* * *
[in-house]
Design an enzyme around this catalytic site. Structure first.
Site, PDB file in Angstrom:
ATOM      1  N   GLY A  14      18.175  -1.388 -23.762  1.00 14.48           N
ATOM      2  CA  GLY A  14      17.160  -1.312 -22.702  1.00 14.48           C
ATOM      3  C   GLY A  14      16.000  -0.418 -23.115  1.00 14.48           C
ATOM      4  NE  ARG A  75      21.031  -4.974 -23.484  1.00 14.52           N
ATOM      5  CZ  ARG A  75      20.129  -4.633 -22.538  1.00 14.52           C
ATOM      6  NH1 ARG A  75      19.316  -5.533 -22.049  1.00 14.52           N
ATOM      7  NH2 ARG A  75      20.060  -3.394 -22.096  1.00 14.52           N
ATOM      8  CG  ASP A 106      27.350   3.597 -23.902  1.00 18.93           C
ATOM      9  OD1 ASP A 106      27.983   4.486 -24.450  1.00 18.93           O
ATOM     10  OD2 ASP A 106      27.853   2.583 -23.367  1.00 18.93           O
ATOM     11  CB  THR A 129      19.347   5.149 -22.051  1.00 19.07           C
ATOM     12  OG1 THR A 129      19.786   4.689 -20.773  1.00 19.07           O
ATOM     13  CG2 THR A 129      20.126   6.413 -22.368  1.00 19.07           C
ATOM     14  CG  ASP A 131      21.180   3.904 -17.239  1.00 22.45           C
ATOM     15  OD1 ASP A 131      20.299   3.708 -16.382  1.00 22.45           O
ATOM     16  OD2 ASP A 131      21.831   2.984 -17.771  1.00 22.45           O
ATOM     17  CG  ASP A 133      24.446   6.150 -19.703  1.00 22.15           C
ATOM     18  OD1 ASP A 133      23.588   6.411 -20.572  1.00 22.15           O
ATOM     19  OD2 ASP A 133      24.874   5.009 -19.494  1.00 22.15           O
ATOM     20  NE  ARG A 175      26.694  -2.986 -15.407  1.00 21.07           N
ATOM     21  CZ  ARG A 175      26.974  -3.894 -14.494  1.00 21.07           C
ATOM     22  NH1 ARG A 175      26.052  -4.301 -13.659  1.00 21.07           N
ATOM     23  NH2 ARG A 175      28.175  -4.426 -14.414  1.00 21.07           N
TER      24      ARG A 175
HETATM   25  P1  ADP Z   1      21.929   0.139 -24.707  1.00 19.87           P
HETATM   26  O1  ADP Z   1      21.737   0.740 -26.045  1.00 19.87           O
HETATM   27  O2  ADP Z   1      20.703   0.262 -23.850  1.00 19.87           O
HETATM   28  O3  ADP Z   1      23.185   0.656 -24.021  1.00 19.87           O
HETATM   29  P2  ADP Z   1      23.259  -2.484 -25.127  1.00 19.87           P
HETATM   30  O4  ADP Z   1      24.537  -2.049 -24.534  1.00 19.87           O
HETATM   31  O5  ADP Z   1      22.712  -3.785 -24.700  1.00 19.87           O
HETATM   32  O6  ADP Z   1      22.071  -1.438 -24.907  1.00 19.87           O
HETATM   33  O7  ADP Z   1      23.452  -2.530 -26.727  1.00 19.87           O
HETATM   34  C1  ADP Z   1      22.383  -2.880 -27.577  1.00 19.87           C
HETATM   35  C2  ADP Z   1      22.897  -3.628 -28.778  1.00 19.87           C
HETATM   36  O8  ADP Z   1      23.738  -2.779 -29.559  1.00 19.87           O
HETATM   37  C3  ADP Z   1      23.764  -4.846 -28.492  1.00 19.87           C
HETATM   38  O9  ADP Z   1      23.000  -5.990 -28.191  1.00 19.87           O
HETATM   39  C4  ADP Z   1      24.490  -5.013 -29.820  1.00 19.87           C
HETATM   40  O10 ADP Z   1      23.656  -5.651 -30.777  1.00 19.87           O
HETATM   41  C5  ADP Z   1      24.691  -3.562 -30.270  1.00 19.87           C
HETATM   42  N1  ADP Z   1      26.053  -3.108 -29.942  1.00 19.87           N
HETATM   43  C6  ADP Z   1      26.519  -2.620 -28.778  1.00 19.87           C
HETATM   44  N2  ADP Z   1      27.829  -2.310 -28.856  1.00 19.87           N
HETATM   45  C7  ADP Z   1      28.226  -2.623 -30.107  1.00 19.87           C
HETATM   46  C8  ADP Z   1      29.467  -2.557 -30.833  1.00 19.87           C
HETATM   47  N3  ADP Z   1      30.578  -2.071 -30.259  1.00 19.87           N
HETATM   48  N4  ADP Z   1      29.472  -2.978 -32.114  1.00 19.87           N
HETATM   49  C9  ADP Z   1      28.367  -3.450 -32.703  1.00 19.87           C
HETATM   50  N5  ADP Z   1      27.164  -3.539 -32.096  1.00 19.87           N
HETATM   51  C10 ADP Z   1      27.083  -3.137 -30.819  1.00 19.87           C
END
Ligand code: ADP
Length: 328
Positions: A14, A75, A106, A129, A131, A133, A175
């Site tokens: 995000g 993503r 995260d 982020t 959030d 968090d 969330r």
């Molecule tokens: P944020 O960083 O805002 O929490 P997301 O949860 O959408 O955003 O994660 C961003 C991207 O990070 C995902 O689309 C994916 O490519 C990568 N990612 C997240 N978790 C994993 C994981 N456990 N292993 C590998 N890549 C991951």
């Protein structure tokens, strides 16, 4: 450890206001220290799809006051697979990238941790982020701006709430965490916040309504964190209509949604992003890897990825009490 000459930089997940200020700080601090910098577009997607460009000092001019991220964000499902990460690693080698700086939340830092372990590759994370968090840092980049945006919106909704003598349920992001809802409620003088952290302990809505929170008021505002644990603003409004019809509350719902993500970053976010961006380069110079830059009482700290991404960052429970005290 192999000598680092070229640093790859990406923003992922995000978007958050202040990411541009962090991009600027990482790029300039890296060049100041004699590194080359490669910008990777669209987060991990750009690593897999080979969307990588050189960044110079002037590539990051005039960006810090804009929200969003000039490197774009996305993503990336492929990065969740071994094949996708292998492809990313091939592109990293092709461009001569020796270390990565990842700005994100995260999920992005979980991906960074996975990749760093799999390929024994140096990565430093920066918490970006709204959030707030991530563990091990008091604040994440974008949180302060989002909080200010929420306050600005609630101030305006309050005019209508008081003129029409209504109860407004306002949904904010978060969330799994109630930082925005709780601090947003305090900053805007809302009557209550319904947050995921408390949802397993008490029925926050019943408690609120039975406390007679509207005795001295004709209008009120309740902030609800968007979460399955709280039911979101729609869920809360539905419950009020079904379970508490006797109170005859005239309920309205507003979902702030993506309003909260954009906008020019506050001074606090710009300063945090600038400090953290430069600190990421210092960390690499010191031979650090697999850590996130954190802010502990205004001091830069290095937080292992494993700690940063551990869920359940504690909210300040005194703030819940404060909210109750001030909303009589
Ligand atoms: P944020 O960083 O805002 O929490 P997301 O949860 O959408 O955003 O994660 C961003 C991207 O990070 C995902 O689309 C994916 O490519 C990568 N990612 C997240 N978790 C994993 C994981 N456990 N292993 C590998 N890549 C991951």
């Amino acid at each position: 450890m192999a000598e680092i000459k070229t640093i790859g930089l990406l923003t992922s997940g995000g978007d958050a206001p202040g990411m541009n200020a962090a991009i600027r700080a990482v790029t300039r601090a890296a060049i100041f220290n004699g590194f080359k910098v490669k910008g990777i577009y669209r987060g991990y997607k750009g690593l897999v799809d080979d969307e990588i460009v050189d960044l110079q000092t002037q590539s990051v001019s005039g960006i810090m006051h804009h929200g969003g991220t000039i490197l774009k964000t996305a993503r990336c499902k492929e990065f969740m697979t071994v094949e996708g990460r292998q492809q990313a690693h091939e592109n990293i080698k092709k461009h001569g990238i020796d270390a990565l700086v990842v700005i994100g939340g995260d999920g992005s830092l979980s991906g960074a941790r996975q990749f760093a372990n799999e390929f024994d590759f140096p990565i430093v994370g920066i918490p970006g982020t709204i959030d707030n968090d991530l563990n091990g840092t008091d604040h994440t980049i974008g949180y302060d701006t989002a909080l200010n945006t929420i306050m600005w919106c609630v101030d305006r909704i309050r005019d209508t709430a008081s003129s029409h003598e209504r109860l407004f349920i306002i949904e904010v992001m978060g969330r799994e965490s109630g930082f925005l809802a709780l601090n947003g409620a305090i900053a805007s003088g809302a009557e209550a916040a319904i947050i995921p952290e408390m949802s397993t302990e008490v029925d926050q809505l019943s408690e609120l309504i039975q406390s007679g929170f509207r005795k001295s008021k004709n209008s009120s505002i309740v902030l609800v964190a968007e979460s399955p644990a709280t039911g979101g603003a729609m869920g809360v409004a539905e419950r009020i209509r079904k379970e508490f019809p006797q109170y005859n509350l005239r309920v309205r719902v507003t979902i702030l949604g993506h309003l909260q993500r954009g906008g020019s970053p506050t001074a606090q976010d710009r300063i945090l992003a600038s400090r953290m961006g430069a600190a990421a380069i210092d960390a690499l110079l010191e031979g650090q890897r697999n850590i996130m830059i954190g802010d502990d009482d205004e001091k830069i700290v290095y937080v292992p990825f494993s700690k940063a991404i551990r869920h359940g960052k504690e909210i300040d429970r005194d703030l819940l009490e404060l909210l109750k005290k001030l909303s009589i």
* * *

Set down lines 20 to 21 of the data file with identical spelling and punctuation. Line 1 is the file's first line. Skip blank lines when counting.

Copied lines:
ATOM     17  CG  ASP A 133      24.446   6.150 -19.703  1.00 22.15           C
ATOM     18  OD1 ASP A 133      23.588   6.411 -20.572  1.00 22.15           O